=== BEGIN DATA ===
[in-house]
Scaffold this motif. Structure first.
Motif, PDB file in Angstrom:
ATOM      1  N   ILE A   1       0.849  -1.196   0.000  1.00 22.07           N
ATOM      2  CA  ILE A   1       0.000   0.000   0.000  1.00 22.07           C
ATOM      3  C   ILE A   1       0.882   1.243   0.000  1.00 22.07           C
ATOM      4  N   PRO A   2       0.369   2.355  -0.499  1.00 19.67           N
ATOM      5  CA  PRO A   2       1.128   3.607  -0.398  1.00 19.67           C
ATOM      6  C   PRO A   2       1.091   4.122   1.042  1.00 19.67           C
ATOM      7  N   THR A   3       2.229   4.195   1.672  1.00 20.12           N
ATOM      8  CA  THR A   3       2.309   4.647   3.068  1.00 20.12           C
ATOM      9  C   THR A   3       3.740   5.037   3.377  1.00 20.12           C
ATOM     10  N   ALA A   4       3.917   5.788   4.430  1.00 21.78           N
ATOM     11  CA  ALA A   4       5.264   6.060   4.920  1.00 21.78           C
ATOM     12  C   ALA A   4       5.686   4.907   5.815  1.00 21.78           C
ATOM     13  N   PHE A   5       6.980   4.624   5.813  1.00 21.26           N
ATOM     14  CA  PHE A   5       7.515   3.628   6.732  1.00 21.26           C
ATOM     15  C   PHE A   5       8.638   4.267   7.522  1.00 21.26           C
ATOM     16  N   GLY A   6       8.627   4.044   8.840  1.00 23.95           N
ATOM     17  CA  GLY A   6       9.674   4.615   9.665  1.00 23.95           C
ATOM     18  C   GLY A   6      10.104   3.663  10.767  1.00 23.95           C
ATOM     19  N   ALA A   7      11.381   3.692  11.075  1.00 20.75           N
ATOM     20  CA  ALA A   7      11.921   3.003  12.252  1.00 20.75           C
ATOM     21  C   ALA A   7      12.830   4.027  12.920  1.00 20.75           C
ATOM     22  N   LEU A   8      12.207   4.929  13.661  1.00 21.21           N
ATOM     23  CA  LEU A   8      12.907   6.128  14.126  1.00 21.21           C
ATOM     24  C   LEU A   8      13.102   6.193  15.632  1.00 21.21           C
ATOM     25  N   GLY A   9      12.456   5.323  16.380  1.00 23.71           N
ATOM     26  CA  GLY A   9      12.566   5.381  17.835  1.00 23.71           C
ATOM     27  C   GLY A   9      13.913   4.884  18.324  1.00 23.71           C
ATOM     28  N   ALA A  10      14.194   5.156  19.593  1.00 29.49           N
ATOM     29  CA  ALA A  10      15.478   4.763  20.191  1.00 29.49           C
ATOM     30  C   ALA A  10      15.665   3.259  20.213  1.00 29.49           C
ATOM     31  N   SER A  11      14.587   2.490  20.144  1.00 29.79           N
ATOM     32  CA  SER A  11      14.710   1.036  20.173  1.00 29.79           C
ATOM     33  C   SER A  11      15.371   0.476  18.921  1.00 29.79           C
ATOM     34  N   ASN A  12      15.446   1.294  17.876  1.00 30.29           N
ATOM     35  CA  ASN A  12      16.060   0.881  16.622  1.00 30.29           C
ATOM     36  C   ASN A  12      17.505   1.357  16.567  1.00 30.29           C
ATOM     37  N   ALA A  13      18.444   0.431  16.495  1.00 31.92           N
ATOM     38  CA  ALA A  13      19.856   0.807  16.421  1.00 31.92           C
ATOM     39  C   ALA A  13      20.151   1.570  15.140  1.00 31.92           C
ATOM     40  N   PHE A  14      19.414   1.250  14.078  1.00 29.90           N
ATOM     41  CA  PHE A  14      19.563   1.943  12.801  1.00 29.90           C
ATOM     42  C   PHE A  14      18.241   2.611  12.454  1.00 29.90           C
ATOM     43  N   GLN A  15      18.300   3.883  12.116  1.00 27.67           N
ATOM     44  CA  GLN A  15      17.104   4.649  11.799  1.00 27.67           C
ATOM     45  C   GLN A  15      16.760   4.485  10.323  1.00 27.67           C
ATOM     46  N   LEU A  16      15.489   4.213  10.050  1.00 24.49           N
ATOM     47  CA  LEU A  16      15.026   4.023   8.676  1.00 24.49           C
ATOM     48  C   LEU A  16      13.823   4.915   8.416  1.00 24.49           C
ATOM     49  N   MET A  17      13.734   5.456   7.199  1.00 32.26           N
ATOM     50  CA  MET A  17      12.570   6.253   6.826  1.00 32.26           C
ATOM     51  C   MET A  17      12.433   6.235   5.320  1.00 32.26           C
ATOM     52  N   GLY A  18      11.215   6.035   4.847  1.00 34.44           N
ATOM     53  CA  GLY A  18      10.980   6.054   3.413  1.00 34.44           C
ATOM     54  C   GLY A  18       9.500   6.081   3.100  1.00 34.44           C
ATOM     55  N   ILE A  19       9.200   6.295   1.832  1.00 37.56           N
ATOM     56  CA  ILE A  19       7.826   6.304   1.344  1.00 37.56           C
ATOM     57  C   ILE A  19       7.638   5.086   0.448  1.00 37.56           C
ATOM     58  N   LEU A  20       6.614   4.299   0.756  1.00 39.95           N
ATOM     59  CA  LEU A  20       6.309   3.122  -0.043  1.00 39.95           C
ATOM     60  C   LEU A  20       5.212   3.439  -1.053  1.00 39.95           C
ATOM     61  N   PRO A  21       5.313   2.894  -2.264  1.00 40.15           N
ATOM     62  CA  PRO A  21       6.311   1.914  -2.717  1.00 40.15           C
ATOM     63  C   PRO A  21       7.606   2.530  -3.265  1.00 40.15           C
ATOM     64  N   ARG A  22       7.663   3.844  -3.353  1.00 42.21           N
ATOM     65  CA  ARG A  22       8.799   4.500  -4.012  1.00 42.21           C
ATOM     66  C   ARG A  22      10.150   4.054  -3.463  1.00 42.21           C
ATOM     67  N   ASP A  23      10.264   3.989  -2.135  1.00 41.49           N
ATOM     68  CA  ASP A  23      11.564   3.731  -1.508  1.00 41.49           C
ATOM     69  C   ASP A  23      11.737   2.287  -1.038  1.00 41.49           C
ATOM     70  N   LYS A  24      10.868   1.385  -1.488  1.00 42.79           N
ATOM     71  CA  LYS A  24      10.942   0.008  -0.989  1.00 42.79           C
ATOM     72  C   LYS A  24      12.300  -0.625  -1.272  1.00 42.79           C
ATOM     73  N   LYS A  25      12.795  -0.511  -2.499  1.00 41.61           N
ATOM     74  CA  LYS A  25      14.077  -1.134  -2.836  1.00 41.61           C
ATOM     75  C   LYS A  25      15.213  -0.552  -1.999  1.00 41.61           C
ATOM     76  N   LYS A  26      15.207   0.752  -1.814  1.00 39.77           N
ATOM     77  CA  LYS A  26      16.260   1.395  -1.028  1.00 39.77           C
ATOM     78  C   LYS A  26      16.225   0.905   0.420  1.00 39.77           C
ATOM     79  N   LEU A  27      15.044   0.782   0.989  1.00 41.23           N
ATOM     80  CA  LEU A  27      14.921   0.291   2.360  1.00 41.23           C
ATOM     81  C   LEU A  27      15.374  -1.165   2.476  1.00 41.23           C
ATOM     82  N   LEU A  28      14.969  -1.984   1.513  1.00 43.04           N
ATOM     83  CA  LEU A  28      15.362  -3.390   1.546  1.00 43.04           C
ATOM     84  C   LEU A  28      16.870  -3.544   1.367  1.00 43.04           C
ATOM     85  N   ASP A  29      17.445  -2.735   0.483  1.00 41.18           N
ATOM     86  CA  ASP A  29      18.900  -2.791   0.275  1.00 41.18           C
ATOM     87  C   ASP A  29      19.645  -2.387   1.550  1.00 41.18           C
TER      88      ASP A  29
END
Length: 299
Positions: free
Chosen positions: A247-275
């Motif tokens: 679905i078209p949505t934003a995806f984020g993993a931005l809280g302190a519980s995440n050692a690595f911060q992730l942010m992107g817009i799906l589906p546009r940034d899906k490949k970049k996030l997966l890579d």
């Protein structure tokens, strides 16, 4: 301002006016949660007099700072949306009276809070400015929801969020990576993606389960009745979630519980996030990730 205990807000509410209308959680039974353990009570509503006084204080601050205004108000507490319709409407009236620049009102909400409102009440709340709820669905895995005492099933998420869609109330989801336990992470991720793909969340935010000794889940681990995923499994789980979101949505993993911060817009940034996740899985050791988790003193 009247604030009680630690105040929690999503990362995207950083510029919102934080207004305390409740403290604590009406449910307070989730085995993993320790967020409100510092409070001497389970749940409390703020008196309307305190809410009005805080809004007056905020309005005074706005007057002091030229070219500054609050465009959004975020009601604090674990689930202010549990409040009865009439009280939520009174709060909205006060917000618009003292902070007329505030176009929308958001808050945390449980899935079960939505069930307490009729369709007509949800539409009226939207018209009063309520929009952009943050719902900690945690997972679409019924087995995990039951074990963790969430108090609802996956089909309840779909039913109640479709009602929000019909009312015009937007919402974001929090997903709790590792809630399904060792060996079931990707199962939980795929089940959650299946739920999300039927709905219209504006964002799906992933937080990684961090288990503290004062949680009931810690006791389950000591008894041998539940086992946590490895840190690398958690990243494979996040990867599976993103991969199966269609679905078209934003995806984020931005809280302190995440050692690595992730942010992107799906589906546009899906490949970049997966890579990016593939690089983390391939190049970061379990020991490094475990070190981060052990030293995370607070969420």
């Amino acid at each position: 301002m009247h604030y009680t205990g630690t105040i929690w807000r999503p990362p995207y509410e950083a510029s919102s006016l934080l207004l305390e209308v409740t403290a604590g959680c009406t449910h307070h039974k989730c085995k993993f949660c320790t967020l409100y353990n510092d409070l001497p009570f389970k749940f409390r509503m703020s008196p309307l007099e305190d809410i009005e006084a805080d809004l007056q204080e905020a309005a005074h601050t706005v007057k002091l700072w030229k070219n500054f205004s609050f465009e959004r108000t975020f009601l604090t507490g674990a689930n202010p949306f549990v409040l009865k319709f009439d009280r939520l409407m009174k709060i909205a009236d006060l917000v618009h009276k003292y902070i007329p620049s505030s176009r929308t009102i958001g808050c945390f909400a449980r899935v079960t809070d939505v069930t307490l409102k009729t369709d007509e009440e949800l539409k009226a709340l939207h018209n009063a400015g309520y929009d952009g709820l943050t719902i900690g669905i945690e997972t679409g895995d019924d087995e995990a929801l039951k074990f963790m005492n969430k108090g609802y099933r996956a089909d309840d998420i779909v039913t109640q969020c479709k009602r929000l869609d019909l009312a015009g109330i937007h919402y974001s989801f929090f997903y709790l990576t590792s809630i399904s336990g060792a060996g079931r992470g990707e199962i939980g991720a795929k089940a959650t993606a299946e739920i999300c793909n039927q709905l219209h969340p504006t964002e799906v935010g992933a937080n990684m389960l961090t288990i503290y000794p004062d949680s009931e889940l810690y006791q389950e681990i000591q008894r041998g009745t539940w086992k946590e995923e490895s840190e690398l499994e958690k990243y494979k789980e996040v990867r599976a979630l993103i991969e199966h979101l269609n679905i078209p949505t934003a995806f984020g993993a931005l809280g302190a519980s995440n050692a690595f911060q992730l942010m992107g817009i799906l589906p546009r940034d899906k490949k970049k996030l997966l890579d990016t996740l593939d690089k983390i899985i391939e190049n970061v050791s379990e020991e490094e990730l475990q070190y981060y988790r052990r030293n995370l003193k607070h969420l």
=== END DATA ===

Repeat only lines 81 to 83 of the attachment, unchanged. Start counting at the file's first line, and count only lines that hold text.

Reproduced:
ATOM     78  C   LYS A  26      16.225   0.905   0.420  1.00 39.77           C
ATOM     79  N   LEU A  27      15.044   0.782   0.989  1.00 41.23           N
ATOM     80  CA  LEU A  27      14.921   0.291   2.360  1.00 41.23           C